Destino

destino

Destino is an animated short film released in 2003 by The Walt Disney Company. The six-minute short follows the  story of Chronos and the ill-fated love he has for a mortal female. It is unusual in that its production originally began in 1945.

The project was a collaboration between Walt Disney and Salvador Dalí, and features music written by Mexican songwriter Armando Dominguez and performed by Dora Luz.

The project was storyboarded by Disney studio artist John Hench and Salvador Dalí for eight months in late 1945 and 1946. A first-hand example of Disney’s interest in avant garde and experimental work in animation, Destino was to be awash with Dalí’s iconic melting clocks, marching ants and floating eyeballs. However, financial concerns caused Disney to cease production. Hench compiled a short animation test of about 17 seconds in the hopes of rekindling Disney’s interest in the project, but the production was no longer deemed financially viable and put on indefinite hiatus.

In 1999, Walt Disney’s nephew Roy E. Disney, while working on ‘Fantasia 2000,’ unearthed the dormant project and decided to bring it back to life. Disney Studios France, the company’s small Parisian production department, was brought on board to complete the project. The short was produced by Baker Bloodworth and directed by French animator Dominique Monfréy in his first directorial role.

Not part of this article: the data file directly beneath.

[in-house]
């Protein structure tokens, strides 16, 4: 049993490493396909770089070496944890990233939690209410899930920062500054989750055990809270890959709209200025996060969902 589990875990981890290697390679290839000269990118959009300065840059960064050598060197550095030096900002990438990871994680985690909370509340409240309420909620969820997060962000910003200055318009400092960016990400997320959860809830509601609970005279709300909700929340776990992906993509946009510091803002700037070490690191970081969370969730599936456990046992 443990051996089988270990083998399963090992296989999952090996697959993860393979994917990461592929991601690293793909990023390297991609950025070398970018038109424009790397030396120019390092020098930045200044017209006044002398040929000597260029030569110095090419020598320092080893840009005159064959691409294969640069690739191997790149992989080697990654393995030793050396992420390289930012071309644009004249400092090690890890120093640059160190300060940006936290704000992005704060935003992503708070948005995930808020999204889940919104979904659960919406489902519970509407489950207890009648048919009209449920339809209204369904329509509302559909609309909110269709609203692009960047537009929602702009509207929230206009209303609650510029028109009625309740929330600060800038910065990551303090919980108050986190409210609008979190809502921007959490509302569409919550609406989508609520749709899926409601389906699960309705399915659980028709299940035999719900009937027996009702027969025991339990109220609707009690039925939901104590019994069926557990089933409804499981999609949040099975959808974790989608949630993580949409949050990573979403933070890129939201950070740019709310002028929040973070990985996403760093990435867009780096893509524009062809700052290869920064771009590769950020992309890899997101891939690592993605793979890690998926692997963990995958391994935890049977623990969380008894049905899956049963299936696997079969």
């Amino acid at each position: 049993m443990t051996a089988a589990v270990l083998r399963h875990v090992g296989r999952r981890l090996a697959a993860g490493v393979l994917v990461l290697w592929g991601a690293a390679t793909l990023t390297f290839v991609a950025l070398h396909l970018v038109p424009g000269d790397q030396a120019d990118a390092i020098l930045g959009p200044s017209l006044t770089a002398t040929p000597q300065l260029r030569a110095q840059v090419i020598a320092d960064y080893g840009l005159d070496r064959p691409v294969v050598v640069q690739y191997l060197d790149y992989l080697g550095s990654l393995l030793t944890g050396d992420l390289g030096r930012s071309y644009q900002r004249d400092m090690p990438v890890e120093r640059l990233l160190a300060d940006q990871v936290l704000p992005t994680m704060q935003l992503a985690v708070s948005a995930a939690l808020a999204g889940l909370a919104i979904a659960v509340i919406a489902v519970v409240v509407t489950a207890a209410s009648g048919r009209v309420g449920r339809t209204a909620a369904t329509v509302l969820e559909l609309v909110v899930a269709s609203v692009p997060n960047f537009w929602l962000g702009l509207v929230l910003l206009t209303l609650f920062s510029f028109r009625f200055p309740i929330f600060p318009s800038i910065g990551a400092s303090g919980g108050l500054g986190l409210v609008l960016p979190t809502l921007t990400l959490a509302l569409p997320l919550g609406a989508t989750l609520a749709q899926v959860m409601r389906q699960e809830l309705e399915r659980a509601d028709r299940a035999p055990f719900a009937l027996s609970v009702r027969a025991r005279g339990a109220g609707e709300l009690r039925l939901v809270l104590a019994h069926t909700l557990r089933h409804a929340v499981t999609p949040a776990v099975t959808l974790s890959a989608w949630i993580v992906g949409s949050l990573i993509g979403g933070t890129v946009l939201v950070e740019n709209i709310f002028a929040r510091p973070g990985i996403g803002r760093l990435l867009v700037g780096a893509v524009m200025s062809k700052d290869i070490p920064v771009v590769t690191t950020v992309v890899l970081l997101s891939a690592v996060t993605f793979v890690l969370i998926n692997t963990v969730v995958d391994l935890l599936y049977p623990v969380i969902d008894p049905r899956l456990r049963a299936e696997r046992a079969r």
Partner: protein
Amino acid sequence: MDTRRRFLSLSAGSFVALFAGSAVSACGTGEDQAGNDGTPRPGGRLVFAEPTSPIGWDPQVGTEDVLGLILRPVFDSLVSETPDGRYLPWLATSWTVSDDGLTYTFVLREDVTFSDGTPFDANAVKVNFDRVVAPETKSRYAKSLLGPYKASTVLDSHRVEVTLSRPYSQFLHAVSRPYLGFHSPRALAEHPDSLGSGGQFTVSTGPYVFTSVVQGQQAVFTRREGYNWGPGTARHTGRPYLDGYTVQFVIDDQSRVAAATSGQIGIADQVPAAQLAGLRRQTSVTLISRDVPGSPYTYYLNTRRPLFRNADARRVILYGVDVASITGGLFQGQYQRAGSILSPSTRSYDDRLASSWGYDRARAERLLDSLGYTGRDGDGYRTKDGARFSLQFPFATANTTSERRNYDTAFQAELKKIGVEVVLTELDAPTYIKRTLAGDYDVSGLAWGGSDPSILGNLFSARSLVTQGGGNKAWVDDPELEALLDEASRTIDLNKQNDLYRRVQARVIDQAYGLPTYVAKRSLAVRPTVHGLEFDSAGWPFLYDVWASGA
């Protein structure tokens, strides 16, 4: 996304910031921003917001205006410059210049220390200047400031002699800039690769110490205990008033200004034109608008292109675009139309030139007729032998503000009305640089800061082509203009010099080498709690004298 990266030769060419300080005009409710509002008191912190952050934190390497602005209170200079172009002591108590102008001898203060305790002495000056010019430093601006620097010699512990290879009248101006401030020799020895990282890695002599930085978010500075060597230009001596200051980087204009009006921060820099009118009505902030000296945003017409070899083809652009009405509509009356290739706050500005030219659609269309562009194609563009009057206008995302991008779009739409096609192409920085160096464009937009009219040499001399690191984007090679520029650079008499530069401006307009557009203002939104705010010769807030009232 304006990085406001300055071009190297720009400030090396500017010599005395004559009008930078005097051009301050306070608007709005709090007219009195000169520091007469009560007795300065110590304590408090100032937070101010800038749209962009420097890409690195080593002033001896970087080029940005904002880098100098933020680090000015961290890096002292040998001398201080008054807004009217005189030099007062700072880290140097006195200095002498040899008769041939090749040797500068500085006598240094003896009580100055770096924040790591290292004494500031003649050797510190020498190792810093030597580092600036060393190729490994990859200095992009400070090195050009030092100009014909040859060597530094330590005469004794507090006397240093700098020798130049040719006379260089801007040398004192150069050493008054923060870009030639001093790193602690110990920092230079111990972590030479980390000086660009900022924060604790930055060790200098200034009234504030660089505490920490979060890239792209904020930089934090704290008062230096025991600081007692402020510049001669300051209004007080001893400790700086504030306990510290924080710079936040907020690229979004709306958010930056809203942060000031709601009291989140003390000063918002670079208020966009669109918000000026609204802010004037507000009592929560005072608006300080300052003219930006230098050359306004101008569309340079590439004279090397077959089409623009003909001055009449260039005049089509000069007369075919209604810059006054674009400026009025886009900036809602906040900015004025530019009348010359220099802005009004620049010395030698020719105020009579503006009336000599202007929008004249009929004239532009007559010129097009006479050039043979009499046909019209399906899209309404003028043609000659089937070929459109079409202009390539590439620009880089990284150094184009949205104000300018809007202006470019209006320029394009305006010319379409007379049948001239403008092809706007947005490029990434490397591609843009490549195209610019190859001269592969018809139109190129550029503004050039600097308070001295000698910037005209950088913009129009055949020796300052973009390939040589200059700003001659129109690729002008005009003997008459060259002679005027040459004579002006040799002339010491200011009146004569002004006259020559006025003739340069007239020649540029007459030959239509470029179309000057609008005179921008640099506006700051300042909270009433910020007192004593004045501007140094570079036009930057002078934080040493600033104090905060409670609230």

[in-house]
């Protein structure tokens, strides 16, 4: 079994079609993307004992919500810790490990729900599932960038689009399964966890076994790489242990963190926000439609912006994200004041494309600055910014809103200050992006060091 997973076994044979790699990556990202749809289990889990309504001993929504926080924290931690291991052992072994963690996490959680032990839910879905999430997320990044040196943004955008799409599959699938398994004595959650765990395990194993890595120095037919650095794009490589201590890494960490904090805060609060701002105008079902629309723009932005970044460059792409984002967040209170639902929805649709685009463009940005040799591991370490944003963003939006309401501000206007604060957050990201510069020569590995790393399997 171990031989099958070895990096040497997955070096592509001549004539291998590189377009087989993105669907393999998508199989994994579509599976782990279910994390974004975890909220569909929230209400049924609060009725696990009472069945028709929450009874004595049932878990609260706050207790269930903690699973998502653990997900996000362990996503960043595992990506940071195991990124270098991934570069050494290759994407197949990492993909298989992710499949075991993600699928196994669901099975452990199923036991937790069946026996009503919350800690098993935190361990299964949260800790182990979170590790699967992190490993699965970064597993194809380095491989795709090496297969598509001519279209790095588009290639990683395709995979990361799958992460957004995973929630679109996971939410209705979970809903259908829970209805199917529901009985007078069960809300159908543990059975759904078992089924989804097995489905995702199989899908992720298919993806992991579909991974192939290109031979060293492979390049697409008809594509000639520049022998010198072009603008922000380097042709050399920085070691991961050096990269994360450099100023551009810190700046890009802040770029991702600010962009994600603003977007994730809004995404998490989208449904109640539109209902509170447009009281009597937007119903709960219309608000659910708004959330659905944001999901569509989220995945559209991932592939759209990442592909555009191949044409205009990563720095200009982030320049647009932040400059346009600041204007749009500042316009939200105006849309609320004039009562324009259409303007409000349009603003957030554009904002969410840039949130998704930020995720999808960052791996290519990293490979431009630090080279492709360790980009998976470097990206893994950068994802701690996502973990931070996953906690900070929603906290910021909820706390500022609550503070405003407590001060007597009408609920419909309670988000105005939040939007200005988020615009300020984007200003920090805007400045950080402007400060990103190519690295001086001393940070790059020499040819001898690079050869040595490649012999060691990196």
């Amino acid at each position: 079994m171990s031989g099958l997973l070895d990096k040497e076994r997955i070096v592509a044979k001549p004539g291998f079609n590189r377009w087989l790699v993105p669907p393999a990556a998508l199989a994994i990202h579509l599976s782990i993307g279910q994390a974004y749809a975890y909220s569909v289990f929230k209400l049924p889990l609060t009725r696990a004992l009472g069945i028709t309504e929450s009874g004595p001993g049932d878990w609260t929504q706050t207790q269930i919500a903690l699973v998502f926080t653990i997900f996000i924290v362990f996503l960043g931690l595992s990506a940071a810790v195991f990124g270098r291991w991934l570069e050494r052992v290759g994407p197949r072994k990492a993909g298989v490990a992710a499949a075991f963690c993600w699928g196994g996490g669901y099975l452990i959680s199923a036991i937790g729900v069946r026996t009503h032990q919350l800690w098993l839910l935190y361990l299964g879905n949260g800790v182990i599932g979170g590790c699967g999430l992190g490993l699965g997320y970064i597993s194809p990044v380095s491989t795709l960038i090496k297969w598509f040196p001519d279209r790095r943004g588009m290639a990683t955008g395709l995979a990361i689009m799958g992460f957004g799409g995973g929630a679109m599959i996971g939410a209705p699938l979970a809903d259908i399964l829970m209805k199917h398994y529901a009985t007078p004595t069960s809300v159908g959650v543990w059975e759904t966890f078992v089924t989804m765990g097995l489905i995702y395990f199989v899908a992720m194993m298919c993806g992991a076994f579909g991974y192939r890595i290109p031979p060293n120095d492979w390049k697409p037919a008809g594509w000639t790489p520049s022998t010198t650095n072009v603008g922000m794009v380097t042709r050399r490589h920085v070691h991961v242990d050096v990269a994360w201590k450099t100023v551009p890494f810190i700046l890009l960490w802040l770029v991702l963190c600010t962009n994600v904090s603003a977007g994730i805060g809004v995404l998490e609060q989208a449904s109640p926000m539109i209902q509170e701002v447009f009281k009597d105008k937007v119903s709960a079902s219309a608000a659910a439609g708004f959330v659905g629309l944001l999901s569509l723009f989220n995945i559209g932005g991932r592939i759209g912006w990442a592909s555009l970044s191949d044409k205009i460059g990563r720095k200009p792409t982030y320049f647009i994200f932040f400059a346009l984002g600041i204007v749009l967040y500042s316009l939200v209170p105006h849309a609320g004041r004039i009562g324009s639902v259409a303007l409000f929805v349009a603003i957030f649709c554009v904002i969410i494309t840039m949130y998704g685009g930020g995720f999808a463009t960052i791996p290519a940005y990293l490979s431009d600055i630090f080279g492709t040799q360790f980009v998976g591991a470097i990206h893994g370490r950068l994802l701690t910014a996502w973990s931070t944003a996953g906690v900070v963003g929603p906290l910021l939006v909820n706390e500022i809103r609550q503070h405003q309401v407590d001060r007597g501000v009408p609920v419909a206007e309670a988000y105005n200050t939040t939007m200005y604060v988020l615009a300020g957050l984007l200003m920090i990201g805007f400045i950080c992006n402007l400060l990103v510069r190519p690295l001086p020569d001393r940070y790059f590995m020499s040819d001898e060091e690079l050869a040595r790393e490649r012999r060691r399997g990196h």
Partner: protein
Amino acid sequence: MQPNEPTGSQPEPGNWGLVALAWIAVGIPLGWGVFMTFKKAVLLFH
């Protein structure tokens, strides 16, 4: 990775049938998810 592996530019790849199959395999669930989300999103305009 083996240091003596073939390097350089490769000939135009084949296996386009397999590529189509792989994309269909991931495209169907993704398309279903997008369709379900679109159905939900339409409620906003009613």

A team of approximately 25 animators deciphered Dalí and Hench’s cryptic storyboards (with a little help from the journals of Dalí’s wife Gala Dalí and guidance from Hench himself), and finished Destino’s production. The end result is mostly traditional animation, including Hench’s original footage, but it also contains some computer animation. The 17 second original footage that is included in the finished product is the segment with the two tortoises.

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One Comment to “Destino”

  1. Great stuff. I’m a big Dali fan.

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